Gillian does the dynamic plank
Our muscles must work isometrically – actively contract but hold the joints still, eccentrically - actively lengthen and concentrically – actively shortening in balance. To work well, our muscles need to be strong but not stiff, and our joints need to be flexible but not weak.
The dynamic plank exercise requires our core muscles, back, shoulder and arm muscles as well as the muscles around pelvis, hips and legs to work together. Traditional planking exercises often have you stay in one position for as long as you possibly can however in this dynamic plank you combine the holding with active leg movements.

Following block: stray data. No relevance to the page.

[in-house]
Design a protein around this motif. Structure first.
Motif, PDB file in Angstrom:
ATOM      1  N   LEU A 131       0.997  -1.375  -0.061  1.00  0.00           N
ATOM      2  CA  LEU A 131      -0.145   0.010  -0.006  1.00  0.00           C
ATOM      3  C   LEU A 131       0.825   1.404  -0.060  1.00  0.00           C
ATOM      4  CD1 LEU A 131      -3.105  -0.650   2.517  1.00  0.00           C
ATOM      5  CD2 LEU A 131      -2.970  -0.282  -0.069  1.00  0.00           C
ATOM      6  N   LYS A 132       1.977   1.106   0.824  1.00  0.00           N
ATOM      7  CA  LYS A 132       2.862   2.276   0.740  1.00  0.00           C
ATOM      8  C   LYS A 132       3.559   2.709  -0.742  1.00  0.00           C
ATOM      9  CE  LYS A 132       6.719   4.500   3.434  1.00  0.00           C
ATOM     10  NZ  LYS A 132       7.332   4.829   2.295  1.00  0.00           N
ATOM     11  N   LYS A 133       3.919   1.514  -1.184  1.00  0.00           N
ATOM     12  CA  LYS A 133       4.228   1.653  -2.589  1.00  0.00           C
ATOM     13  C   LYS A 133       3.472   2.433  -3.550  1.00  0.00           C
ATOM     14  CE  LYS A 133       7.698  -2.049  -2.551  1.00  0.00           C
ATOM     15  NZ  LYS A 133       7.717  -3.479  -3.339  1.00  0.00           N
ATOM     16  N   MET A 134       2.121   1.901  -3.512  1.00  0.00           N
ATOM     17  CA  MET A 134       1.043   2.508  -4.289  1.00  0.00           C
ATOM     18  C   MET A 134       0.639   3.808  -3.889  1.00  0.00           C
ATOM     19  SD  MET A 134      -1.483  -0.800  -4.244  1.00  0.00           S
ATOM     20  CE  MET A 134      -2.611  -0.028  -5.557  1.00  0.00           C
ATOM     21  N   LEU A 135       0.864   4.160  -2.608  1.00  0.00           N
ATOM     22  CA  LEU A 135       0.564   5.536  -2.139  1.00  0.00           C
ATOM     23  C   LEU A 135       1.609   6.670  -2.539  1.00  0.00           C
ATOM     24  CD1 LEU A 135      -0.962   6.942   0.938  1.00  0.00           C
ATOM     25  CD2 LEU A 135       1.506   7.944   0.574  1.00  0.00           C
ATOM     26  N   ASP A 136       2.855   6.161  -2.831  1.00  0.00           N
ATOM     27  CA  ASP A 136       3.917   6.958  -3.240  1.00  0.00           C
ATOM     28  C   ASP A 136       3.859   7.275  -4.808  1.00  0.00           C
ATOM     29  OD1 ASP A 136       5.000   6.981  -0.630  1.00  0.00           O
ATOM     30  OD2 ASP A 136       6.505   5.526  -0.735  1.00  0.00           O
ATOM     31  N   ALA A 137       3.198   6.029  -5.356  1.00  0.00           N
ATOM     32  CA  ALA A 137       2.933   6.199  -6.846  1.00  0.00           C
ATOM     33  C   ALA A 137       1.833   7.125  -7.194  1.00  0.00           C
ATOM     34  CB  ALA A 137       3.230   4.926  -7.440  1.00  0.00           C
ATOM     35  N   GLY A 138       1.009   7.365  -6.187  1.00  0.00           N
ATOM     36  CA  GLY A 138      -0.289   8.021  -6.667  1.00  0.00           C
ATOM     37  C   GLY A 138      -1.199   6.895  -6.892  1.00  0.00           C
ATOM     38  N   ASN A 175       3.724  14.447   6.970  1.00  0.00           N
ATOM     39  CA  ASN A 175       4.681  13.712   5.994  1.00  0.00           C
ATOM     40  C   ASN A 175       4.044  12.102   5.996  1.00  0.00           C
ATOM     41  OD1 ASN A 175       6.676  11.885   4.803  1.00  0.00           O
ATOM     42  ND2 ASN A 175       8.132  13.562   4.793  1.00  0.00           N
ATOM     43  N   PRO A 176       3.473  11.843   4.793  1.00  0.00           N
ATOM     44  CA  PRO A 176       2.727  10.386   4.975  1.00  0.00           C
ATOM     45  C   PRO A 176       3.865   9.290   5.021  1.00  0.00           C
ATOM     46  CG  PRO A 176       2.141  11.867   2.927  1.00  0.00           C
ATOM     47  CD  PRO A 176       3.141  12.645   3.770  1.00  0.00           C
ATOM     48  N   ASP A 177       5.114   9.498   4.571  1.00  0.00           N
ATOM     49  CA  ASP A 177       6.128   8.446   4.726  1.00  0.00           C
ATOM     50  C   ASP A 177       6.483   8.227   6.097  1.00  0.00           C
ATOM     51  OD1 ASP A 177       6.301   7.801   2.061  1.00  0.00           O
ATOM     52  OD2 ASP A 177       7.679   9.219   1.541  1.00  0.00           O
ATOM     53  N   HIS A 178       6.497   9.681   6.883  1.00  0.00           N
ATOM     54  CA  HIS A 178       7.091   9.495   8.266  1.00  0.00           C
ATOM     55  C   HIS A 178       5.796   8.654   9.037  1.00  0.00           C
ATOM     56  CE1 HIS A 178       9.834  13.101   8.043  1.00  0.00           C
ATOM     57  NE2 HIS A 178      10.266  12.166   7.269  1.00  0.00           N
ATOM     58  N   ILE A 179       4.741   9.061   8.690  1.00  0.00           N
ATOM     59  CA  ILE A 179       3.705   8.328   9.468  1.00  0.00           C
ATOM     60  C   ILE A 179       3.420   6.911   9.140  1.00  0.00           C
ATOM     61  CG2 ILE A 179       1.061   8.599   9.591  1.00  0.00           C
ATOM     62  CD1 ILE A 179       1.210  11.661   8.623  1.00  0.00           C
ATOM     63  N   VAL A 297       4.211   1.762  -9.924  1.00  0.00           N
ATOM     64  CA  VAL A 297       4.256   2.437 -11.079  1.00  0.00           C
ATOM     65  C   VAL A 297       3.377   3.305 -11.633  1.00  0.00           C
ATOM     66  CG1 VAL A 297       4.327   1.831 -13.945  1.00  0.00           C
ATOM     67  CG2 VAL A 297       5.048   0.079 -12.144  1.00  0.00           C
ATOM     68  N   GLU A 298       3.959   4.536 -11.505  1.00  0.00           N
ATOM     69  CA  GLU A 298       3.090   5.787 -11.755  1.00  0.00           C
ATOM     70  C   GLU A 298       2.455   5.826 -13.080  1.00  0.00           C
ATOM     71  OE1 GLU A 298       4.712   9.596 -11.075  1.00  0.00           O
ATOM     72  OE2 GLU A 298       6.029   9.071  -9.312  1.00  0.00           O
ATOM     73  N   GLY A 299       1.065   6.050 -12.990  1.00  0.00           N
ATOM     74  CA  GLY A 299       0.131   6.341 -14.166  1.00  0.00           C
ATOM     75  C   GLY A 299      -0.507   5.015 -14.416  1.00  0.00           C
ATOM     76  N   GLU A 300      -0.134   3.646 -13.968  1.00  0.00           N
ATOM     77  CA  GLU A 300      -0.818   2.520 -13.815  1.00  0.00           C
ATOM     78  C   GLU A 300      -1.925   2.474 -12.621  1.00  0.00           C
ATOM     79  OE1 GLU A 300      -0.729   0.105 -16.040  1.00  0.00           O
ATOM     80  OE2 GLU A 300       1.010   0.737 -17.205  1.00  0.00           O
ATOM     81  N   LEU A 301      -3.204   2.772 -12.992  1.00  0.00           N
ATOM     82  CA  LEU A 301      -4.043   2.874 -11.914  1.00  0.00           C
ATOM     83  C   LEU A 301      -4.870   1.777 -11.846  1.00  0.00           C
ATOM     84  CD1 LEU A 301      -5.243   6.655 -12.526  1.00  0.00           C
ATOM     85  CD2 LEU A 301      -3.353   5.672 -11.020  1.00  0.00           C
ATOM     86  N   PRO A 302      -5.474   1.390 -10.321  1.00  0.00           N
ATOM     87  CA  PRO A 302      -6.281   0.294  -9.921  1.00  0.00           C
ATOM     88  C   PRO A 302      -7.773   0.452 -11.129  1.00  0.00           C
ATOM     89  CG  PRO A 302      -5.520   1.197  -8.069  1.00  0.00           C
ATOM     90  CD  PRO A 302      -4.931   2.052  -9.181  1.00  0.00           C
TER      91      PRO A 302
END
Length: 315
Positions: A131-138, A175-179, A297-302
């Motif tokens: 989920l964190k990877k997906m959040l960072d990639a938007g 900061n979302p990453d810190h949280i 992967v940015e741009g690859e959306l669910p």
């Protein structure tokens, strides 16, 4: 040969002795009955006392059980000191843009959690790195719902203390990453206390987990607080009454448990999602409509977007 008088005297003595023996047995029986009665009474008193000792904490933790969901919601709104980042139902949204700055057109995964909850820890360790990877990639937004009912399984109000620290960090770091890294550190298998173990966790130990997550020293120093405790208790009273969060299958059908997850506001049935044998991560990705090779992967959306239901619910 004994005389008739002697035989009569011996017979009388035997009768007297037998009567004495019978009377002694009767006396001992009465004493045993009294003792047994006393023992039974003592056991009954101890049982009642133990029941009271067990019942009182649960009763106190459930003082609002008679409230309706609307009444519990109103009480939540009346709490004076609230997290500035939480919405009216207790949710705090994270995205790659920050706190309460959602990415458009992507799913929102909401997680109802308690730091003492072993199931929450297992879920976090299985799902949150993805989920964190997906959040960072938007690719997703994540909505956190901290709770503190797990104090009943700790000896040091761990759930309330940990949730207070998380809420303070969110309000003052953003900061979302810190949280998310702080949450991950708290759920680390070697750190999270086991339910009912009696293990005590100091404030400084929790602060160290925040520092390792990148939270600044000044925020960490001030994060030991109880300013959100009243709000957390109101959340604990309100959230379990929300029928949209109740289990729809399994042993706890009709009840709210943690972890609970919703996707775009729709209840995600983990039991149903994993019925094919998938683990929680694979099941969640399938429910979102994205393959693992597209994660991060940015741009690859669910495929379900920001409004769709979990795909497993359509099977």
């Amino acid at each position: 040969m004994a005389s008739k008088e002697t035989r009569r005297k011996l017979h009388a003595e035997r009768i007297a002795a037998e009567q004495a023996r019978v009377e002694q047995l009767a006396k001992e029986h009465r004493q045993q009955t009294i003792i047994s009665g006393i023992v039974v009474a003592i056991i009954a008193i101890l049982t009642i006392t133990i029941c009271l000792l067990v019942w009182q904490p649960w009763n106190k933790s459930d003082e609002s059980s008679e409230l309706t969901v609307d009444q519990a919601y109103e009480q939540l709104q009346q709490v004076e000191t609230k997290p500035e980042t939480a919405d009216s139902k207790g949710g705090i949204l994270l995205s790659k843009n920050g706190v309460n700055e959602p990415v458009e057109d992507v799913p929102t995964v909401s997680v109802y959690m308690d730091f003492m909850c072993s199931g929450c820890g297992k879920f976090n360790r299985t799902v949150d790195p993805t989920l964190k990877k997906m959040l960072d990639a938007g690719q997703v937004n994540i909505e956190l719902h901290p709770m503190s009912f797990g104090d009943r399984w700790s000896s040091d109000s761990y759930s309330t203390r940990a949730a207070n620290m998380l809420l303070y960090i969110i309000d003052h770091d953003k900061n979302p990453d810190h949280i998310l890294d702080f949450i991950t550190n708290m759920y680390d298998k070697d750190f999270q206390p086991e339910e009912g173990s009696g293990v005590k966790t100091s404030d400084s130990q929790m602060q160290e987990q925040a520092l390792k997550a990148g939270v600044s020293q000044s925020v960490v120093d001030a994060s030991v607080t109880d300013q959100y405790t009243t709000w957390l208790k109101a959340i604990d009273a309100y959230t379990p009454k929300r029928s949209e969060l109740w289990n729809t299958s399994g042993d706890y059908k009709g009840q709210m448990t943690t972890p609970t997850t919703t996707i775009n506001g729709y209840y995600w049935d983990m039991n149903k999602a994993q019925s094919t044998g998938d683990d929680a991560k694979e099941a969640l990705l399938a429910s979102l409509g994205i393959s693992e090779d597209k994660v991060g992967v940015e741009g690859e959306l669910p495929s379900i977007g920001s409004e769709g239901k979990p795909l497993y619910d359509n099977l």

Start with level 1, flowing the leg movements between each position. When you are able to move smoothly and keep your neutral spine posture, add the breathing – inhaling and exhaling in coordination with the movement. Progress the exercise by changing your starting position. Move your knees further away from your hands until you are able to lift your knees from the mat into level 2 starting position.
Starting position Level 1: Kneel on your hands and knees, knees directly under your hips and hands slightly forward of your shoulders.
Starting position Level 2: Long Plank
Alternate legs, repeating five times each side. To add challenge to the exercise at each level hold each position for two breaths, then three breaths up to a hold for five breaths.
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